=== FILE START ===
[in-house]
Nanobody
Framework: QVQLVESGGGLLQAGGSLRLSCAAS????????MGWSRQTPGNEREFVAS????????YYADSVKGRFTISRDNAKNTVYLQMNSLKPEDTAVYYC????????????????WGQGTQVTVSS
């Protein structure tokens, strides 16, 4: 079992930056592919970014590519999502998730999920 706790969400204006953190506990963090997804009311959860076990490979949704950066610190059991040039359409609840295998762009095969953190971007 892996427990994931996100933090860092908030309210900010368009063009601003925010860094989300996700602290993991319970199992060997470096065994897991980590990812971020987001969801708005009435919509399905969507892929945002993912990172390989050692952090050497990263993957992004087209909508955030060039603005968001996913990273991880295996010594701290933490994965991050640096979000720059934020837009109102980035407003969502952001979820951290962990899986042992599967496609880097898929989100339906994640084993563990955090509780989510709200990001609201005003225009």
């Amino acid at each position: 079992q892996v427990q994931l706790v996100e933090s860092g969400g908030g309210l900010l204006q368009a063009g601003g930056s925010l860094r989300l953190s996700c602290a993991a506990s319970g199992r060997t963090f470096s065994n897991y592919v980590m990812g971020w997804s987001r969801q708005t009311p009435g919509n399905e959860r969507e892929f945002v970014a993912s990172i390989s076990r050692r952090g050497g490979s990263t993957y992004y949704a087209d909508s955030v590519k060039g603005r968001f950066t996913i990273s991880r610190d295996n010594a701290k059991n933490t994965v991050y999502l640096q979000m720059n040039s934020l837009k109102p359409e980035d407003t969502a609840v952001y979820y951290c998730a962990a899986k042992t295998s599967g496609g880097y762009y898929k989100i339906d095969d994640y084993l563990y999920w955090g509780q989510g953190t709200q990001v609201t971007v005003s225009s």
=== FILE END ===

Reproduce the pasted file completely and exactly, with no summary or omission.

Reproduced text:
[in-house]
Nanobody
Framework: QVQLVESGGGLLQAGGSLRLSCAAS????????MGWSRQTPGNEREFVAS????????YYADSVKGRFTISRDNAKNTVYLQMNSLKPEDTAVYYC????????????????WGQGTQVTVSS
């Protein structure tokens, strides 16, 4: 079992930056592919970014590519999502998730999920 706790969400204006953190506990963090997804009311959860076990490979949704950066610190059991040039359409609840295998762009095969953190971007 892996427990994931996100933090860092908030309210900010368009063009601003925010860094989300996700602290993991319970199992060997470096065994897991980590990812971020987001969801708005009435919509399905969507892929945002993912990172390989050692952090050497990263993957992004087209909508955030060039603005968001996913990273991880295996010594701290933490994965991050640096979000720059934020837009109102980035407003969502952001979820951290962990899986042992599967496609880097898929989100339906994640084993563990955090509780989510709200990001609201005003225009």
């Amino acid at each position: 079992q892996v427990q994931l706790v996100e933090s860092g969400g908030g309210l900010l204006q368009a063009g601003g930056s925010l860094r989300l953190s996700c602290a993991a506990s319970g199992r060997t963090f470096s065994n897991y592919v980590m990812g971020w997804s987001r969801q708005t009311p009435g919509n399905e959860r969507e892929f945002v970014a993912s990172i390989s076990r050692r952090g050497g490979s990263t993957y992004y949704a087209d909508s955030v590519k060039g603005r968001f950066t996913i990273s991880r610190d295996n010594a701290k059991n933490t994965v991050y999502l640096q979000m720059n040039s934020l837009k109102p359409e980035d407003t969502a609840v952001y979820y951290c998730a962990a899986k042992t295998s599967g496609g880097y762009y898929k989100i339906d095969d994640y084993l563990y999920w955090g509780q989510g953190t709200q990001v609201t971007v005003s225009s």